One Leg Exercise for Strength and Mass Pt. 2

In part two of this blog series on the split squat,we are going to cover how to challenge the movement further.  If you did not read Part 1 you will want to get on that because it will have in detail, the movement and patterns to keep yourself challenged and progressing.  You can read Part 1 here.

Read that now, I’ll wait….

So now that you have that read, our next step is to bring the back leg up off the floor, this commonly known as the Bulgarian Split Squat.  This will put more focus into the front leg by bearing the body’s full weight and any external load that is added.  It will also allow more depth in the squat, to challenge you more.  Balance will be challenged more, so slow controlled movements are best.

Keeping the same technique as in the last blog, you want your torso to remain upright with the core tight.  This will prevent any unwanted lumbar extension.  Shoulders are held back to prevent any rounding of the shoulders.  Squat down and sit into the front heel, feeling tension in the whole upper leg.  Push up through the heel into a standing position and repeat.  You also want to make sure the front knee does not buckle inward.  So keep slight tension pushing out on the knee, to keep it in line with the second toe of the foot.  If you are unable to keep the knee from buckling in then a regression may be in order.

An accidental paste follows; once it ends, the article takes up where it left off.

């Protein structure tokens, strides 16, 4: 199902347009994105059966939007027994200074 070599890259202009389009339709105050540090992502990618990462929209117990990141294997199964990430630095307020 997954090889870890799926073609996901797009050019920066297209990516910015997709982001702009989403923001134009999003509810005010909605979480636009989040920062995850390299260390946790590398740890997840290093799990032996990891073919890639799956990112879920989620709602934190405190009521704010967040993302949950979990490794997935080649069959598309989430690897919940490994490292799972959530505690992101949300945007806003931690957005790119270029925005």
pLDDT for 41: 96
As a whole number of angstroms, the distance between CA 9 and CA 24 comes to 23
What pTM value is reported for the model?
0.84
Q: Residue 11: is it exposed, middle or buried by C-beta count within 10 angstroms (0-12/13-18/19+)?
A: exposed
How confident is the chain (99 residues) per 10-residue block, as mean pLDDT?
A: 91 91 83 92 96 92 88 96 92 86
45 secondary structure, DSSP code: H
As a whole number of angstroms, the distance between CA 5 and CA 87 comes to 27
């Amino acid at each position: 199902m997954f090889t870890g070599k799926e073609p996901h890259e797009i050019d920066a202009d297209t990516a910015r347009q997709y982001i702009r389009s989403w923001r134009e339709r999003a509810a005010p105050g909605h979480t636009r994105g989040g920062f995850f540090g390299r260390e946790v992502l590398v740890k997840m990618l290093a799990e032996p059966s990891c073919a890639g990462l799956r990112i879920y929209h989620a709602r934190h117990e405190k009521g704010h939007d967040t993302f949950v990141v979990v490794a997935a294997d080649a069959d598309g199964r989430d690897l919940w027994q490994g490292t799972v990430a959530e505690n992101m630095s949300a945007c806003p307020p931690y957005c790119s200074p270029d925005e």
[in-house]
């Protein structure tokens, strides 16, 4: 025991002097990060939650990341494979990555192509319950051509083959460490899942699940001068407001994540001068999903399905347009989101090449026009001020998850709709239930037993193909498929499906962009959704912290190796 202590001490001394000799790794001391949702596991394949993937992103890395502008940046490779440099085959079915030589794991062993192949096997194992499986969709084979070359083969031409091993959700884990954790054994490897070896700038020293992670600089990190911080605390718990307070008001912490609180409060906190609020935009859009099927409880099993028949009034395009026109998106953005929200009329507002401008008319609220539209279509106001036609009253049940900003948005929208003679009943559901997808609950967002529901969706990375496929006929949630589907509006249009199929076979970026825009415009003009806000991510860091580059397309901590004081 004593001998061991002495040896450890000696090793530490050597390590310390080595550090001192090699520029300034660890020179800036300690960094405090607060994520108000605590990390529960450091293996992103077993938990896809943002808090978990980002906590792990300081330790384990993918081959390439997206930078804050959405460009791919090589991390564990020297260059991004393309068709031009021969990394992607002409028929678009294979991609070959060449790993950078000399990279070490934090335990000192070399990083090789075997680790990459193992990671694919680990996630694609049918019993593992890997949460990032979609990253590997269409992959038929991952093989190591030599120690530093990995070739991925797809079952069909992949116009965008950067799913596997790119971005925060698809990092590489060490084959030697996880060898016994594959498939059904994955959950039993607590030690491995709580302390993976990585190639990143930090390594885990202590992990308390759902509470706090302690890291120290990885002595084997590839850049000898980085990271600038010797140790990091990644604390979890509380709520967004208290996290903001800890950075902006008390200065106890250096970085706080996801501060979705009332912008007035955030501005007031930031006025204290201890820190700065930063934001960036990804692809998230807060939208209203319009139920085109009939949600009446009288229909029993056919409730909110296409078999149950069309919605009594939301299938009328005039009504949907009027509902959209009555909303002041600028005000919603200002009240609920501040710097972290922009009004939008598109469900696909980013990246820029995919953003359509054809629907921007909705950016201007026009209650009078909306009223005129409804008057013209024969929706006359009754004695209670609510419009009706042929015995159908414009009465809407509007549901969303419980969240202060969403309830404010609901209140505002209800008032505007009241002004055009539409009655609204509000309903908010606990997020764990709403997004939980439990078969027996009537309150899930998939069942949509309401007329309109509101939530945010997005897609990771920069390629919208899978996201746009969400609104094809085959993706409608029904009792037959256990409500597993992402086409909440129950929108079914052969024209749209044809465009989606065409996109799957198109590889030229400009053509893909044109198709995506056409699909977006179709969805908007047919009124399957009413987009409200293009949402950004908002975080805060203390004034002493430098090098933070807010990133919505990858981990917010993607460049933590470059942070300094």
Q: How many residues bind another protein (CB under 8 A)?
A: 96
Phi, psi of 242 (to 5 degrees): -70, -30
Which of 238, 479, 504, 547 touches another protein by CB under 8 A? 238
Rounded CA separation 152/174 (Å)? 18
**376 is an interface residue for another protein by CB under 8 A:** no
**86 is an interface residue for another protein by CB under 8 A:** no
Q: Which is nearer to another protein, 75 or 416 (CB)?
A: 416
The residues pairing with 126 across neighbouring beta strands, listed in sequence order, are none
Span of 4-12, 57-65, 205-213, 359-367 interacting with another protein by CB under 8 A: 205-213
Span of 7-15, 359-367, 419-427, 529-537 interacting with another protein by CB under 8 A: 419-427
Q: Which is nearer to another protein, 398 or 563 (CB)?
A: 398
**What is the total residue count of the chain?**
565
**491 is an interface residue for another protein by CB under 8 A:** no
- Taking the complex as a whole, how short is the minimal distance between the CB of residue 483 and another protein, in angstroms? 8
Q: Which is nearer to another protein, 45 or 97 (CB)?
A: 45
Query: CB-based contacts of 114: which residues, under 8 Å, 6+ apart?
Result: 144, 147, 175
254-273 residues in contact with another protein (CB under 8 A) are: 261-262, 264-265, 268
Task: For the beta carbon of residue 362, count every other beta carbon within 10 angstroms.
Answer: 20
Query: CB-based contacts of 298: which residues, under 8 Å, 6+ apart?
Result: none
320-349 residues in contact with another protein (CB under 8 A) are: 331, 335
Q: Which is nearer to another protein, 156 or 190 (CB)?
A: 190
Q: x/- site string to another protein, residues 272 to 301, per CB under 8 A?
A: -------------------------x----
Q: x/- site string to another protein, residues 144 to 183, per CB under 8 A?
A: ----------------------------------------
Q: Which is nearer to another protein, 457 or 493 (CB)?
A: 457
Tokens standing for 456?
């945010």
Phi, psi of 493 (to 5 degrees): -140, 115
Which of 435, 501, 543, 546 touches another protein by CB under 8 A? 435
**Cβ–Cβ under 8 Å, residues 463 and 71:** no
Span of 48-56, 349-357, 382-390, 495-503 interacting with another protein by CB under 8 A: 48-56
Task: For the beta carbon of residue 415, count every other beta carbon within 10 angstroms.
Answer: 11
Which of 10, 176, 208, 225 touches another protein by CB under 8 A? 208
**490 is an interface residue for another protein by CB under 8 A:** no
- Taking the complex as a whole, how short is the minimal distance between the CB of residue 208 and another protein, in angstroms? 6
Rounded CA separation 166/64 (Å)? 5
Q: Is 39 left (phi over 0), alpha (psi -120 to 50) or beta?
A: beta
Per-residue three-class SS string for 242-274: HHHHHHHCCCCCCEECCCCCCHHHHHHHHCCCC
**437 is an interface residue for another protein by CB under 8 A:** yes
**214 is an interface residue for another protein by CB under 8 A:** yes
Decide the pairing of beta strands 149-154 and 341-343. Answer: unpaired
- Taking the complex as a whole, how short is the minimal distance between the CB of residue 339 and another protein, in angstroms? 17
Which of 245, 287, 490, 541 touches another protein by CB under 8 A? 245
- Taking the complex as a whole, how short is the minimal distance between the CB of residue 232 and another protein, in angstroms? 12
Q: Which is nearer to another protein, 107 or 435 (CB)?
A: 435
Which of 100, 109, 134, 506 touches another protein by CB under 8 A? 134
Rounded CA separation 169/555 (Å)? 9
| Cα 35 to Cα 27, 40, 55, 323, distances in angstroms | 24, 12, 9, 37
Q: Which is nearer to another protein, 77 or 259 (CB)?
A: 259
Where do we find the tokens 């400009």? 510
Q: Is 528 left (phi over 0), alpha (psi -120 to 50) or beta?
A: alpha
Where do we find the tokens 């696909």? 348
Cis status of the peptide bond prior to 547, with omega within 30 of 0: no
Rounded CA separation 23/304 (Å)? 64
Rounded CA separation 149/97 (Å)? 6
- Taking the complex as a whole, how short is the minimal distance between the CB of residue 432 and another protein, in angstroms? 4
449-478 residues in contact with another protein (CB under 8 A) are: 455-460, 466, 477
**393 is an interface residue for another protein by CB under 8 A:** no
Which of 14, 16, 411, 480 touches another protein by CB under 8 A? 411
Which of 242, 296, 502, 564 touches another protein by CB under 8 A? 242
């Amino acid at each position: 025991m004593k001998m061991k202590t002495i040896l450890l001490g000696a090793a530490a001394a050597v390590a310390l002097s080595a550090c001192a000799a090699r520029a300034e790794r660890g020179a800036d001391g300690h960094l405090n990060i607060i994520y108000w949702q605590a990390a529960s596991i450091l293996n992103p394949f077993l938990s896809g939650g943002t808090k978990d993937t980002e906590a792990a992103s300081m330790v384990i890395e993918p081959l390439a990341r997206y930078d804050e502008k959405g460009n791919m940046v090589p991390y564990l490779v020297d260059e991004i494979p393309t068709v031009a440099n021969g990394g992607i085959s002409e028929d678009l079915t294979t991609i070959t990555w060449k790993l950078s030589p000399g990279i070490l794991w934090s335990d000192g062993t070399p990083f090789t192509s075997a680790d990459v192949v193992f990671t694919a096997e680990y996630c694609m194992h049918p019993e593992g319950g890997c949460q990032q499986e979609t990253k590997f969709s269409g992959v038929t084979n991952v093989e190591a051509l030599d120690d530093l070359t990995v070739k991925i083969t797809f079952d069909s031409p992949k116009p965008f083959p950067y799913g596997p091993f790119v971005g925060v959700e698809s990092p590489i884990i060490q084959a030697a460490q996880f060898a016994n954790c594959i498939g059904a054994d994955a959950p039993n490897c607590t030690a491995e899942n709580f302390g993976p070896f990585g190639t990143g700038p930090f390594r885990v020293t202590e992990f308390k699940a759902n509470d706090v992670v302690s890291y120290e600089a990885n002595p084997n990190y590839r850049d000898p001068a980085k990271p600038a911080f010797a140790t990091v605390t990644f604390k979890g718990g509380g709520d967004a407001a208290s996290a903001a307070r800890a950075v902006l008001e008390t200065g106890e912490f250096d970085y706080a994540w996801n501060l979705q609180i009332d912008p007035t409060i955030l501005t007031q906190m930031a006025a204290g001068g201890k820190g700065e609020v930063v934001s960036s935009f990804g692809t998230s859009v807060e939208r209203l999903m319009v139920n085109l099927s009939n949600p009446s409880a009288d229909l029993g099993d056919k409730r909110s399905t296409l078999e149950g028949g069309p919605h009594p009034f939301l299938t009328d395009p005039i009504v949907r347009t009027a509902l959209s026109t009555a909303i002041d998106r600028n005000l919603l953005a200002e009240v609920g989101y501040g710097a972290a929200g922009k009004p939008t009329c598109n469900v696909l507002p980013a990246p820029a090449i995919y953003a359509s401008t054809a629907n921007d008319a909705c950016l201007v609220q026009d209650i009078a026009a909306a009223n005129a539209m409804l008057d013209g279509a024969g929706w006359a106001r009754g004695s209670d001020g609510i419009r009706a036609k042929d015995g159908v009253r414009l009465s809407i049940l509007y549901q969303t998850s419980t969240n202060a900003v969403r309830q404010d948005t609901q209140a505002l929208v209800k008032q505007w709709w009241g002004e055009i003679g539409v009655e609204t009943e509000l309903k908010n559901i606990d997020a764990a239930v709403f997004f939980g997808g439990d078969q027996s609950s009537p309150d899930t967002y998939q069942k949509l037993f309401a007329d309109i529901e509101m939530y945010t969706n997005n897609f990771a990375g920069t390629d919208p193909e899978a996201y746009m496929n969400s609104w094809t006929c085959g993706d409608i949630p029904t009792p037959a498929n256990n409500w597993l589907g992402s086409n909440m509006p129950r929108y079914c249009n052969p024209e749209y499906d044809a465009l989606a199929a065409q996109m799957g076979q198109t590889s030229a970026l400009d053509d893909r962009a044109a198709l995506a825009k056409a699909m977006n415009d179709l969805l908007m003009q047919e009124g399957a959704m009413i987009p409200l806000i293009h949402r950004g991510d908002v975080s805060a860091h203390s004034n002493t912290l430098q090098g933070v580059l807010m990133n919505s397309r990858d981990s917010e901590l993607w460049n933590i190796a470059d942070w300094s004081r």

Once you are able to complete your targeted rep range under control, then add some resistance.  To keep things tied together in this series, we will just continue the progressions as in Part 1.

  • Dumbbell in each hand or in one hand and held slightly out to side
  • Barbell on the upper traps
  • Dumbbells in each hand resting on top of front shoulders
  • Weight held out in front
  • Weight overhead
*Bonus:  Putting the back leg on a stability ball instead of a sturdy bench or putting the front foot on a small step (like an aerobic step) with the back foot resting on a bench,  to create a deeper range of motion.

One other variation is to do the movement backwards.  By that I mean, start with the foot on the bench, but allow the back knee to rest on the floor.  Front leg is in a 90/90 position.  Start the movement by pushing up off the floor through the front heel.  Drop back down to the floor, to a dead rest and repeat.  This only focus on the upward motion of the exercise but can be very beneficial when needed.

You should definitely feel these the next day or two, especially if single-leg training is new to you.  Give yourself plenty of rest before using them again.

Stay tuned for part 3 for another round of progressions.

About The Author

Kevin Fulton

Kevin Fulton is personal trainer in Pittsburgh, PA. His goal is to help his clients look, feel, and move better. In his spare time you can find him under a barbell or practicing jiu jitsu.

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